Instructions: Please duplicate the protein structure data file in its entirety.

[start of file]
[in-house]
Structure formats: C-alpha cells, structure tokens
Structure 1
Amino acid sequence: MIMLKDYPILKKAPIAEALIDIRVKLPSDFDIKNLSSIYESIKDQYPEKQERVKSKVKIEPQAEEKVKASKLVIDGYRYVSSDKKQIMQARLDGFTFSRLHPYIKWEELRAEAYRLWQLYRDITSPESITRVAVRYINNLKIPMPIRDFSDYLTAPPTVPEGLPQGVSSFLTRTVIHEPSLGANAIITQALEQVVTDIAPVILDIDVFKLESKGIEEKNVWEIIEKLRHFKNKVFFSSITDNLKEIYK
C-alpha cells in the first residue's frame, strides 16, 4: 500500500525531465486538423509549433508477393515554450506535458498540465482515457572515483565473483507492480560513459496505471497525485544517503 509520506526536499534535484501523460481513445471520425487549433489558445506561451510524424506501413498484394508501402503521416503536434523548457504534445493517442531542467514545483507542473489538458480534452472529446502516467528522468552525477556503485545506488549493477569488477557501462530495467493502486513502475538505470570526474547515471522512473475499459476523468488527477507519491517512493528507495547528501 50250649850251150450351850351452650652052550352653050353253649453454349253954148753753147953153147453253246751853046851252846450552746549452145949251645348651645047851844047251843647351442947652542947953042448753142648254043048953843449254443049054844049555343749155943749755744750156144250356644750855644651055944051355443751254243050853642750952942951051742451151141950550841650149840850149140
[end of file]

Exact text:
[in-house]
Structure formats: C-alpha cells, structure tokens
Structure 1
Amino acid sequence: MIMLKDYPILKKAPIAEALIDIRVKLPSDFDIKNLSSIYESIKDQYPEKQERVKSKVKIEPQAEEKVKASKLVIDGYRYVSSDKKQIMQARLDGFTFSRLHPYIKWEELRAEAYRLWQLYRDITSPESITRVAVRYINNLKIPMPIRDFSDYLTAPPTVPEGLPQGVSSFLTRTVIHEPSLGANAIITQALEQVVTDIAPVILDIDVFKLESKGIEEKNVWEIIEKLRHFKNKVFFSSITDNLKEIYK
C-alpha cells in the first residue's frame, strides 16, 4: 500500500525531465486538423509549433508477393515554450506535458498540465482515457572515483565473483507492480560513459496505471497525485544517503 509520506526536499534535484501523460481513445471520425487549433489558445506561451510524424506501413498484394508501402503521416503536434523548457504534445493517442531542467514545483507542473489538458480534452472529446502516467528522468552525477556503485545506488549493477569488477557501462530495467493502486513502475538505470570526474547515471522512473475499459476523468488527477507519491517512493528507495547528501 50250649850251150450351850351452650652052550352653050353253649453454349253954148753753147953153147453253246751853046851252846450552746549452145949251645348651645047851844047251843647351442947652542947953042448753142648254043048953843449254443049054844049555343749155943749755744750156144250356644750855644651055944051355443751254243050853642750952942951051742451151141950550841650149840850149140